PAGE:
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Today's News

  • Orville C. Gowen

    Orville C. Gowen Sr. served in the U.S. Navy from 1946 to 1953. The fireman apprentice served aboard the USS Pine Island, one of the 13 ships that were part of Operation Highjump, officially titled “The United States Navy Antarctic Developments Program 1946-47.”

    Operation Highjump was a Navy operation organized by Rear Admiral Richard E. Byrd Jr. in 1946. Task Force 68 included 4,700 men, 13 ships and multiple aircraft. The primary mission of Operation Highjump was to establish the Antarctic research base Little America IV.

  • Paul Roark

    Paul Roark dropped out of high school in 1950 to enlist in the U.S. Army after his brother Harold was drafted. He was in his second year of school.

    The brothers went to Fort Knox in January for training. The weather was 15 degrees below zero.

    After eight weeks of training they were shipped to Korea – where the temperature was minus 15 degrees. The brothers were sent to the front lines about five miles apart.

    Harold was killed.

    Paul’s younger brother David was drafted in 1968 and was sent to Vietnam a couple of years.

  • Charles R. Hazle

    Charles R. Hazle served 1952 to 1954 during the Korean Conflict.

    He received a Bronze Star.

  • Major Edwin H. McDowell

    Major Edwin H. McDowell served in the U.S. Army Transportation Corps from March 1965 to April 1986. He spent time in Korea, Vietnam and Germany.

  • Coming Home: The best part of war

    Gerald T. Harris served in the United States Army from 1969 to 1970. He was drafted to fight in the Vietnam War, pulling him away from his farm job, where he earned $5 per day.

    Though he didn’t make much as a farmer, he proved to be very dedicated in everything he did. According to Harris, his boss once told him that he was the only employee he felt he could trust.

  • Gulf War

    Mike Abell, gunnery sergeant, retired, served 1975-1997. He is a Gulf War veteran with 22 years of service. 

  • Vietnam Era

    Rob Hutchins served as a radio telephone operator (RTO) with the U.S. Army, 25th Infantry Division in Tay Ninh Province, Vietnam, from July 1969 to July 1970.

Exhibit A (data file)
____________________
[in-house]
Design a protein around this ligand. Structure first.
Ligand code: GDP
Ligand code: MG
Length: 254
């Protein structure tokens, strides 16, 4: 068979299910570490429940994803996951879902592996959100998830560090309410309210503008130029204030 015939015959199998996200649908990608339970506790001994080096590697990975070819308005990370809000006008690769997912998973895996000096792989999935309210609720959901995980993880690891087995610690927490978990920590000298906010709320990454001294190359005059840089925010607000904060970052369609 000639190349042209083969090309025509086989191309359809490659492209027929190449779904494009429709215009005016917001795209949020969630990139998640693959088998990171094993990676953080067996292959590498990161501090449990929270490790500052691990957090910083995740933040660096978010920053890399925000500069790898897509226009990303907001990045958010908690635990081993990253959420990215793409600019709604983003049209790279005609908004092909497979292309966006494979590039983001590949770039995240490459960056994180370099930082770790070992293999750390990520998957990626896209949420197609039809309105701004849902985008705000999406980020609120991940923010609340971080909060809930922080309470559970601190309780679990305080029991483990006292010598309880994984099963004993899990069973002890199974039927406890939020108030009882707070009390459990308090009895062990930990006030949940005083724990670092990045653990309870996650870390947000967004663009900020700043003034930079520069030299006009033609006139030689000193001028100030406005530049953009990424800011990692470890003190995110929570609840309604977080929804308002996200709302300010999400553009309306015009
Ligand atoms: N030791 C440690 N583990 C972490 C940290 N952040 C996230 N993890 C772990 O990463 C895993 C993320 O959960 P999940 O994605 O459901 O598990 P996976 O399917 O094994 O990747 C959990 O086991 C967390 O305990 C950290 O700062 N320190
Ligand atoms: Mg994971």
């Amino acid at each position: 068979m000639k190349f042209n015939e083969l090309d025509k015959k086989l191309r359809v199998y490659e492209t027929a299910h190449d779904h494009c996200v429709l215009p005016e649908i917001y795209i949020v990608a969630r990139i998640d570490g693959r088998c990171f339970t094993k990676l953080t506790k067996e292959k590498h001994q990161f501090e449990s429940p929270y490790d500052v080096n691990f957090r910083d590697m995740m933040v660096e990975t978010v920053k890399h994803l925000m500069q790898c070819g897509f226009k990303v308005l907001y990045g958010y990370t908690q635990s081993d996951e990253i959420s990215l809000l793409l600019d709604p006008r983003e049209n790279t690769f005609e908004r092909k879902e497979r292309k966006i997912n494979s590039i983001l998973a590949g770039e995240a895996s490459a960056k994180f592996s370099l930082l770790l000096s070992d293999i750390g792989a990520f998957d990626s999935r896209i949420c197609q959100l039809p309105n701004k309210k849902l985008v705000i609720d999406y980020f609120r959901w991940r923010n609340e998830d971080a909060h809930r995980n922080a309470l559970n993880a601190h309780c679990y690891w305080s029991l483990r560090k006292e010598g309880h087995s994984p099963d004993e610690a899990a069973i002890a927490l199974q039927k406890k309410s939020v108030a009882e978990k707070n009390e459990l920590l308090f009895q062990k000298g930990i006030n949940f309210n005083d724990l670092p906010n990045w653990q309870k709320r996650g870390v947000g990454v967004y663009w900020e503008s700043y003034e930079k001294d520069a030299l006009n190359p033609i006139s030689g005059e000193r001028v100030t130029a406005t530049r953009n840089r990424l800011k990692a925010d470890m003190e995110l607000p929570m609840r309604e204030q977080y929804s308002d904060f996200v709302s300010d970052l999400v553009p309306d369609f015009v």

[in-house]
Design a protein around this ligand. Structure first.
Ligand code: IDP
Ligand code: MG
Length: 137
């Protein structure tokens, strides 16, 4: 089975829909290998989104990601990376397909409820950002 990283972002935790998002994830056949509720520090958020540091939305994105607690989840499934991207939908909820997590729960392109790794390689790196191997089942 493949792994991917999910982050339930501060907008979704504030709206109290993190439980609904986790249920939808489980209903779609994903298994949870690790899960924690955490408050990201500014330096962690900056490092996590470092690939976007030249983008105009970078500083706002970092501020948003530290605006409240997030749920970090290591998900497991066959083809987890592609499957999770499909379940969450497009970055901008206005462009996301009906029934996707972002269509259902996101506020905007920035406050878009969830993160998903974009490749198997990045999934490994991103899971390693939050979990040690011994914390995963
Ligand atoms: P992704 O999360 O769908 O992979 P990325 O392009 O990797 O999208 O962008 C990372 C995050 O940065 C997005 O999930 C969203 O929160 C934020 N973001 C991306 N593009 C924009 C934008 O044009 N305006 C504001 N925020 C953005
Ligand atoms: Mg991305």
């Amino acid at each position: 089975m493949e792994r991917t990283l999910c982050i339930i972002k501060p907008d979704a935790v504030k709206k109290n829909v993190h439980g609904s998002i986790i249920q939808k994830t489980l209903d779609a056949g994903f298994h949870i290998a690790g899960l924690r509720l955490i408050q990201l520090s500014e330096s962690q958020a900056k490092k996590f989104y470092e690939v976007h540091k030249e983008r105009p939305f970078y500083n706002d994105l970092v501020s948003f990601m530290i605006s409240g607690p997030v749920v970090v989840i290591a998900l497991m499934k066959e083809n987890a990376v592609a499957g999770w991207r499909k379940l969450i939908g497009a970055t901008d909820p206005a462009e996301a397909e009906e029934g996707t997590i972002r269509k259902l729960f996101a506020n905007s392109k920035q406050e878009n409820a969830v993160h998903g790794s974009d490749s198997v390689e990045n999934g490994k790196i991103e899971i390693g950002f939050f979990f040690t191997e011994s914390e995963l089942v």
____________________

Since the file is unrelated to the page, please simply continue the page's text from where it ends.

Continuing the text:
He retired as LaRue County Extension 4-H Agent and now works in the LaRue Circuit Clerk’s office. 

  • The Allen Family: A Legacy of Service

    As with many LaRue County families, the Marvin Allen family has served their country long and well.

    Four of five sons answered the call to service during World War II. Harvey, Leamon, Charles and Haynes all served in the Pacific, and were overseas at the same time.

    The fifth son, Ruel, could not serve because of a heart condition. Ironically, it was his children who represented the next generation in the service. Harold served in Germany, Gussie in the States and Charles in Vietnam.

  • It's optimal haymaking season

    Now is the optimal time for Kentucky forage producers to cut hay to ensure they get good quality and yield.

    “The stage of maturity at which the hay is cut is the biggest factor that affects quality,” said Tom Keene, UK hay marketing specialist with the University of Kentucky College of Agriculture, Food and Environment.

  • Garden of Close Quarters mirrors family life

    I have seven older siblings. That’s right, seven. At times, they are all annoying and bossy ... and older.

    When we gather for meals around Dad’s kitchen table, it’s like squeezing sardines in a can. Close quarters.

    Speaking of close quarters, I planted two rows of Peruvian purple corn much too close to one another. Ditto, two rows of zinnia.

    I am fully aware of these quasi-planting errors.